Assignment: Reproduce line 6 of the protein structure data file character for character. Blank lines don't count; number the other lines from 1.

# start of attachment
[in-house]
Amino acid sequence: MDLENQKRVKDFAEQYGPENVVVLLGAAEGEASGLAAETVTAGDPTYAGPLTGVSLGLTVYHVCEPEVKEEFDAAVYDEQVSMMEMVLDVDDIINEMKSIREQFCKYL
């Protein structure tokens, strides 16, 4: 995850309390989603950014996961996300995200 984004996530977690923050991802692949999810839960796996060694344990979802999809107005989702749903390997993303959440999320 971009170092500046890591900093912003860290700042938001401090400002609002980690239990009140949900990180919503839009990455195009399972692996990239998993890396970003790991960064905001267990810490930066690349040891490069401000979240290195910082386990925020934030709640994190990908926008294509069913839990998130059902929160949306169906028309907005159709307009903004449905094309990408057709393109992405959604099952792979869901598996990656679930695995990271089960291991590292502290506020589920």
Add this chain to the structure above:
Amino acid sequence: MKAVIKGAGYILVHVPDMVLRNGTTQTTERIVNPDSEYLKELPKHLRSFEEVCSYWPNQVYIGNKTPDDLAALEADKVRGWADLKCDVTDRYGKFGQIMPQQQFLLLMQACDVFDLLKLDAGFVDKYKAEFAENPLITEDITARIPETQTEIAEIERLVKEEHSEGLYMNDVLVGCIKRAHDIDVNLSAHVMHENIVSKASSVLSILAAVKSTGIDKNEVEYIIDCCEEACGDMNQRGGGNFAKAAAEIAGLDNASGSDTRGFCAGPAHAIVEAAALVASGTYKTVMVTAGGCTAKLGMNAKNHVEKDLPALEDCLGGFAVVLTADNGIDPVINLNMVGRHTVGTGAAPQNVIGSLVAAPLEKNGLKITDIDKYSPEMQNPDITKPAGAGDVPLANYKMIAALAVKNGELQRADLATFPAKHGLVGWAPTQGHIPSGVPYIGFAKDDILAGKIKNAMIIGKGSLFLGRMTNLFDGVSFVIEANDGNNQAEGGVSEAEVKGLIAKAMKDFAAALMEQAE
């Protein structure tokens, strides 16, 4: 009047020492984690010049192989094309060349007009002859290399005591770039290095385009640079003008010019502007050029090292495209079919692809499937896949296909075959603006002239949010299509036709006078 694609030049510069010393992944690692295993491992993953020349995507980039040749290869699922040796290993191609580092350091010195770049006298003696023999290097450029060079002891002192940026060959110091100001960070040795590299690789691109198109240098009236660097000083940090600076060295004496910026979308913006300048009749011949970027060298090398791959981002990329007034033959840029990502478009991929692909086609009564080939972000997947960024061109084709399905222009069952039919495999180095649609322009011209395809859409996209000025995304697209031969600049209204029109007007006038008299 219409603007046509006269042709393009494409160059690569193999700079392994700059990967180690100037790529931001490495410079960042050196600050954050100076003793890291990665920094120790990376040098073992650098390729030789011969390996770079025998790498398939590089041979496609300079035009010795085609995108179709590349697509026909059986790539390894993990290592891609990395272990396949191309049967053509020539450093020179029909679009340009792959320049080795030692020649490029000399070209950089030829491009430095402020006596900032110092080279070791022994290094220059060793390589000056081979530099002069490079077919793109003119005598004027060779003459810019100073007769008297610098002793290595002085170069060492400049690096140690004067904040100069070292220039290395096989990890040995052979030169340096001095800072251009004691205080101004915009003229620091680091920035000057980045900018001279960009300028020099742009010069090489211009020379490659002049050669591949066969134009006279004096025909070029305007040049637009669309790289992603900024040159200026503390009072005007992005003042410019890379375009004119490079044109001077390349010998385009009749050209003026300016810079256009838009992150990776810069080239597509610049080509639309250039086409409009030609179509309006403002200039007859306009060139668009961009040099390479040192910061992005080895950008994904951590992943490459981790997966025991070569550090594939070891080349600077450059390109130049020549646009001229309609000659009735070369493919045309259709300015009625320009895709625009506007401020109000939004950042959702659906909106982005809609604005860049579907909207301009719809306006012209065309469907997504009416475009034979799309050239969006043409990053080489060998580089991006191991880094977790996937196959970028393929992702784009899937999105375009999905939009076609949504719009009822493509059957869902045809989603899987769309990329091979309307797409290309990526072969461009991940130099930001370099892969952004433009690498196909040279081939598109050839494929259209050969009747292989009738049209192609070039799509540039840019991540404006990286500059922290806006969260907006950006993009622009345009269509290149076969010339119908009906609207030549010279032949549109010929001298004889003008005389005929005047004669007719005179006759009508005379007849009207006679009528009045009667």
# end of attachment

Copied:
């Protein structure tokens, strides 16, 4: 009047020492984690010049192989094309060349007009002859290399005591770039290095385009640079003008010019502007050029090292495209079919692809499937896949296909075959603006002239949010299509036709006078 694609030049510069010393992944690692295993491992993953020349995507980039040749290869699922040796290993191609580092350091010195770049006298003696023999290097450029060079002891002192940026060959110091100001960070040795590299690789691109198109240098009236660097000083940090600076060295004496910026979308913006300048009749011949970027060298090398791959981002990329007034033959840029990502478009991929692909086609009564080939972000997947960024061109084709399905222009069952039919495999180095649609322009011209395809859409996209000025995304697209031969600049209204029109007007006038008299 219409603007046509006269042709393009494409160059690569193999700079392994700059990967180690100037790529931001490495410079960042050196600050954050100076003793890291990665920094120790990376040098073992650098390729030789011969390996770079025998790498398939590089041979496609300079035009010795085609995108179709590349697509026909059986790539390894993990290592891609990395272990396949191309049967053509020539450093020179029909679009340009792959320049080795030692020649490029000399070209950089030829491009430095402020006596900032110092080279070791022994290094220059060793390589000056081979530099002069490079077919793109003119005598004027060779003459810019100073007769008297610098002793290595002085170069060492400049690096140690004067904040100069070292220039290395096989990890040995052979030169340096001095800072251009004691205080101004915009003229620091680091920035000057980045900018001279960009300028020099742009010069090489211009020379490659002049050669591949066969134009006279004096025909070029305007040049637009669309790289992603900024040159200026503390009072005007992005003042410019890379375009004119490079044109001077390349010998385009009749050209003026300016810079256009838009992150990776810069080239597509610049080509639309250039086409409009030609179509309006403002200039007859306009060139668009961009040099390479040192910061992005080895950008994904951590992943490459981790997966025991070569550090594939070891080349600077450059390109130049020549646009001229309609000659009735070369493919045309259709300015009625320009895709625009506007401020109000939004950042959702659906909106982005809609604005860049579907909207301009719809306006012209065309469907997504009416475009034979799309050239969006043409990053080489060998580089991006191991880094977790996937196959970028393929992702784009899937999105375009999905939009076609949504719009009822493509059957869902045809989603899987769309990329091979309307797409290309990526072969461009991940130099930001370099892969952004433009690498196909040279081939598109050839494929259209050969009747292989009738049209192609070039799509540039840019991540404006990286500059922290806006969260907006950006993009622009345009269509290149076969010339119908009906609207030549010279032949549109010929001298004889003008005389005929005047004669007719005179006759009508005379007849009207006679009528009045009667």